""Wherever and whenever I meet that man," and he pointed to the editor of The Atheist, "whether it be outside this door in ten minutes from now, or twenty years hence in some distant country, wherever and whenever I meet that man, I will fight him. Do not be afraid. I will not rush at him like a bully, or bear him down with any brute superiority. I will fight him like a gentleman; I will fight him as our fathers fought. He shall choose how, sword or pistol, horse or foot. But if he refuses, I will write his cowardice on every wall in the world. If he had said of my mother what he said of the Mother of God, there is not a club of clean men in Europe that would deny my right to call him out. If he had said it of my wife, you English would yourselves have pardoned me for beating him like a dog in the market place.""


Orthodoxy: This is it: the big one. This is Chesterton's account of his own journey towards Christianity. Specifically, it focuses on his rational and reasoning: Why he believes that Christianity is not only the best practical philosophy for living life, but also the most true.

The need for "romance" (that is, adventure), the insufficiency of materialism, the marvelousness of the world...it covers lots of things. But one of the most striking is the Christian ability to keep seeming opposites side by side, without ever mixing them. Celibacy and marriage, pacifism and just battle, proper pride (that is, a recognition of our status as images and children of God) and proper humility...Chesterton says, "It has kept them side by side like two strong colours, red and white, like the red and white upon the shield of St. George. It has always had a healthy hatred of pink."

But possibly the most striking is the very end, where he speaks of the living Church. And that brings me to...

    Memorable line: 

"When your father told you, walking about the garden, that bees stung or that roses smelt sweet, you did not talk of taking the best out of his philosophy. When the bees stung you, you did not call it an entertaining coincidence. When the rose smelt sweet you did not say "My father is a rude, barbaric symbol, enshrining (perhaps unconsciously) the deep delicate truths that flowers smell." No: you believed your father, because you had found him to be a living fountain of facts, a thing that really knew more than you; a thing that would tell you truth to-morrow, as well as to-day...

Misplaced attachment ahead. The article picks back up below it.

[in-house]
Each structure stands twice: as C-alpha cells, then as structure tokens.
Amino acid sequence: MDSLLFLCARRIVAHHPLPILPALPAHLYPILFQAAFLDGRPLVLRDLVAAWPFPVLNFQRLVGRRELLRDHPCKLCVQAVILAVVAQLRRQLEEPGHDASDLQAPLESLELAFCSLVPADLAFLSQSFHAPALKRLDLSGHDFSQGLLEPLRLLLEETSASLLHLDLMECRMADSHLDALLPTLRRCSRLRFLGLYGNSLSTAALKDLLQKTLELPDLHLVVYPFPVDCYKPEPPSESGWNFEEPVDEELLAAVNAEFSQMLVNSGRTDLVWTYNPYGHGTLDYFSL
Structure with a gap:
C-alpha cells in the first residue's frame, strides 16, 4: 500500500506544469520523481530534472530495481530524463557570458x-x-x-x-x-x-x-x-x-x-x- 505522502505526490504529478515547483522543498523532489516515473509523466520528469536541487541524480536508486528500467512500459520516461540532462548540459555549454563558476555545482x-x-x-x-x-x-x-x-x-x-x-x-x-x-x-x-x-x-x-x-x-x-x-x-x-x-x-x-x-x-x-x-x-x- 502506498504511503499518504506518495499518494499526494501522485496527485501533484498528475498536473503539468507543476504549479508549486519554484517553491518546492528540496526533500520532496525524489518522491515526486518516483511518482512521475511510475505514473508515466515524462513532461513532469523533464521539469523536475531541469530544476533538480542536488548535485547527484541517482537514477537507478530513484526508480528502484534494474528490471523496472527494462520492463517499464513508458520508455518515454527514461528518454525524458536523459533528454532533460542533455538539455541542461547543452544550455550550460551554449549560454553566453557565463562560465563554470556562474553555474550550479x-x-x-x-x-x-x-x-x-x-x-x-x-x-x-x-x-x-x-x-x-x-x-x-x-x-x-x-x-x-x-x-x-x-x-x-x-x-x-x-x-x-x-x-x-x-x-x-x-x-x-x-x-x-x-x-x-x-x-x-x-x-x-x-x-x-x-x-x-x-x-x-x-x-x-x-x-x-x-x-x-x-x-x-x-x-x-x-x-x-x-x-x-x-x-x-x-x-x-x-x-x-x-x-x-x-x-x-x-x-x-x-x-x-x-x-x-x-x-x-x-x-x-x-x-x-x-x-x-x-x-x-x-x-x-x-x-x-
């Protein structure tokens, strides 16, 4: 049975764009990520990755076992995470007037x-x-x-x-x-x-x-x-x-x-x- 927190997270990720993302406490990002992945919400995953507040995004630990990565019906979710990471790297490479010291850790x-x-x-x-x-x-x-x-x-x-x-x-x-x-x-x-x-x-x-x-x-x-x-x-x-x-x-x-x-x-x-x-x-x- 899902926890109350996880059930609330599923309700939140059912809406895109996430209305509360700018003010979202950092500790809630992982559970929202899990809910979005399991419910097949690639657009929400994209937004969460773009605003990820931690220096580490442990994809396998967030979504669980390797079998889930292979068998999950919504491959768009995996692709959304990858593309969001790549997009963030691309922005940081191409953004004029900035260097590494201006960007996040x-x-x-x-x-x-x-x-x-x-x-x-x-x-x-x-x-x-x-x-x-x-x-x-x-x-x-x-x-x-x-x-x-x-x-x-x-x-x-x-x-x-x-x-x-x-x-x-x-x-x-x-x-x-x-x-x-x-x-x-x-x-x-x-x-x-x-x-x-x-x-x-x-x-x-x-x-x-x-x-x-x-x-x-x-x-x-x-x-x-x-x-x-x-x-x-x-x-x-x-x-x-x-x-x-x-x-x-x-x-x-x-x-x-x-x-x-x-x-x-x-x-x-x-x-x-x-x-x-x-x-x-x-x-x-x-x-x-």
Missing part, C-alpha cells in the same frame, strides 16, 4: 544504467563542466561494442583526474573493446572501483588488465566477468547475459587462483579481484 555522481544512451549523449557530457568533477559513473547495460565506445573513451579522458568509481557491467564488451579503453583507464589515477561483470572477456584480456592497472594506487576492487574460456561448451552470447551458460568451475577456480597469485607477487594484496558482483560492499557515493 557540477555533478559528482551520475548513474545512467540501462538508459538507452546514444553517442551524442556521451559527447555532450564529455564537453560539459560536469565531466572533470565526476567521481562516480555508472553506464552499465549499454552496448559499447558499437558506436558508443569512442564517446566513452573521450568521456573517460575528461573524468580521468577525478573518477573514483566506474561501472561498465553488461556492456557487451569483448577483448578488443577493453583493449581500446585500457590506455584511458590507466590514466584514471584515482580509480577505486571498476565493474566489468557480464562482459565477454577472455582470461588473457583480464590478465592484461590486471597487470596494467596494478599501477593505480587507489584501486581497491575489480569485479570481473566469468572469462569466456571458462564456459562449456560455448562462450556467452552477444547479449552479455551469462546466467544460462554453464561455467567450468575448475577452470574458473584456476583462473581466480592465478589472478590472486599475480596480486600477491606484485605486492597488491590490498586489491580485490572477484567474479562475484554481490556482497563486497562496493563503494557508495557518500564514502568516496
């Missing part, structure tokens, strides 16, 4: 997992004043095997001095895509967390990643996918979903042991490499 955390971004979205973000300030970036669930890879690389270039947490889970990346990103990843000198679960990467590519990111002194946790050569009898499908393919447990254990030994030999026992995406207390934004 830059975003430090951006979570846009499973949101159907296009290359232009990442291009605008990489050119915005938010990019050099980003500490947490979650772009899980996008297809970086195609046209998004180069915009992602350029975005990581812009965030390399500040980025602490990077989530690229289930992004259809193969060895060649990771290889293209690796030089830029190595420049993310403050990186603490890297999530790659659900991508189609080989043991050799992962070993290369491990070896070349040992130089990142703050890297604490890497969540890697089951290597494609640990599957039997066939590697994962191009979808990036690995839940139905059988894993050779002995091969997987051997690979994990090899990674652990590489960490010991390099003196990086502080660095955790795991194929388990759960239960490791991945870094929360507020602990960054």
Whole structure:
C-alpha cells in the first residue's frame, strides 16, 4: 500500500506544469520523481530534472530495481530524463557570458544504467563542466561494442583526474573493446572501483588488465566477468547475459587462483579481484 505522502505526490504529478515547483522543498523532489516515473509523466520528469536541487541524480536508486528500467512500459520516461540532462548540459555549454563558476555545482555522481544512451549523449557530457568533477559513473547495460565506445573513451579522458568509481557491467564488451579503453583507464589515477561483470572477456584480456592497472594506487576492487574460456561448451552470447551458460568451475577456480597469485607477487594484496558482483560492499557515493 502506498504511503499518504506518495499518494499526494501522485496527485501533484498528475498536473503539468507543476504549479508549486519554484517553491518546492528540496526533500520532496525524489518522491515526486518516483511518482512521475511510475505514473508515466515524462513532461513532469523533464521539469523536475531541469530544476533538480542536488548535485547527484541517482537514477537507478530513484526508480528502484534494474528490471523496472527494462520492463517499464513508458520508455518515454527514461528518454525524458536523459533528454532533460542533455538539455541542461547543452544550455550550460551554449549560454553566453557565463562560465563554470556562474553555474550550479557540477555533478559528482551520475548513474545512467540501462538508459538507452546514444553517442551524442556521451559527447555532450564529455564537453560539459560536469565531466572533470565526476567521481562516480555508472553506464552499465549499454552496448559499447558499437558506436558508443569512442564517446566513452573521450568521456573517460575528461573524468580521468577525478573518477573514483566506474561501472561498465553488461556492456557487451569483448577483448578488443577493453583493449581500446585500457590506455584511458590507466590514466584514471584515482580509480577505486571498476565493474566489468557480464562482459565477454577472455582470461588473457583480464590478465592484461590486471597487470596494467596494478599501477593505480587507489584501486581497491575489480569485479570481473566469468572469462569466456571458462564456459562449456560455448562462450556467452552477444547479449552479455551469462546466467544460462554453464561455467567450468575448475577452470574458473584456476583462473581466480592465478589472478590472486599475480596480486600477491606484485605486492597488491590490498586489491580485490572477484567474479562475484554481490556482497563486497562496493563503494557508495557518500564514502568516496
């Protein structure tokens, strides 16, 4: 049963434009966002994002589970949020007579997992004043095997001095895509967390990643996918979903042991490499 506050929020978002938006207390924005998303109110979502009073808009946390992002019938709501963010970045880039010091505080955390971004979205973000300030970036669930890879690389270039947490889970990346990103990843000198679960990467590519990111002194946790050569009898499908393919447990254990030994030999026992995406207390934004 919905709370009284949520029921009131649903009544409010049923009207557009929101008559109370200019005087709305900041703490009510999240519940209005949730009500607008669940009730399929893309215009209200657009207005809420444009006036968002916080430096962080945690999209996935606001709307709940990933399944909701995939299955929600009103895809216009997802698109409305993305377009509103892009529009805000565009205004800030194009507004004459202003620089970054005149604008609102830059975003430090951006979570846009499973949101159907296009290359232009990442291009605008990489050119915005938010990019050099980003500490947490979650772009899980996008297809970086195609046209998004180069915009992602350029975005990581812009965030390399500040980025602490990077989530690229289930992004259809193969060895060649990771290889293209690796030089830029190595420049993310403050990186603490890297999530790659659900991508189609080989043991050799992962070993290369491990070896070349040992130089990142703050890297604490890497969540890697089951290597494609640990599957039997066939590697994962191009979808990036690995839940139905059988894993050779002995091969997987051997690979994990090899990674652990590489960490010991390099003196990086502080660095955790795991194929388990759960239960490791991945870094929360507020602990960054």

This, therefore, is, in conclusion, my reason for accepting the religion and not merely the scattered and secular truths out of the religion. I do it because the thing has not merely told this truth or that truth, but has revealed itself as a truth-telling thing. All other philosophies say the things that plainly seem to be true; only this philosophy has again and again said the thing that does not seem to be true, but is true. Alone of all creeds it is convincing where it is not attractive; it turns out to be right, like my father in the garden."

Chesterton. Read him. Love him. Get all his books for free on Gutenberg.org. Mackenzie out!




1: The Man Who Was Thursday by G.K. Chesterton

2: (Everything else by Chesterton: Manalive, Orthodoxy, The Ball and the Cross)

3: On the Unity of Christ by Cyril of Alexandria

4: The Way of the Son of God into the Far Country by Karl Barth

5: The Lord of the Rings by JRR Tolkien

6: CS Lewis section (Space Trilogy, Chron. of Narnia, Abolition of Man, Till We Have Faces, The Great Divorce)

7: The book of Job

8: The book of Ecclesiastes

9: The Idea of a University by John Henry Newman

10: The Thief by Megan Whalen Turner

Thursday, September 11, 2014

The Death of God - What It Is and What It Isn't

I remember being in session one day, with Dr. Sanders. We were talking about the Incarnation, and what it means for us to say that "God died" in the death of Jesus. And he said something so incredibly simple that I'm amazed that I haven't heard it since.

I can't remember his exact wording, but essentially, it boiled down to this: When we say that God, as Jesus, died, we mean no less - but also no more - than that the Son of God, the second Person of the Trinity, experienced the human phenomenon that is known as "death."

That's what we mean. And this stands against attempts to either minimize or over-emphasize what happened on the cross.

Jesus died. The God-Man, the being that is at once fully God and fully man, experienced death. The Son of God's spirit was separated from his body. The body of the second Person of the Trinity ceased to live.

That is death, and he experienced it in its fullness. He didn't "kind of" die. And it is especially and particularly not the case that the "human half" experienced death while the "God half" did not. To go down that road is to split Christ into two, to commit some sort of Nestorianism or Arianism. It is, eventually, to wind up with a Savior who is neither God enough to accomplish anything, nor man enough to matter.

But it works the other way as well. Because there are some who, desiring to emphasize the greatness of God's sacrifice and self-giving, will talk of the death of God as some sort of divine death, a deicide, even a separation from his divinity. Such speakers will talk of the Trinity being broken, even a temporary eradication or cessation of the second Person.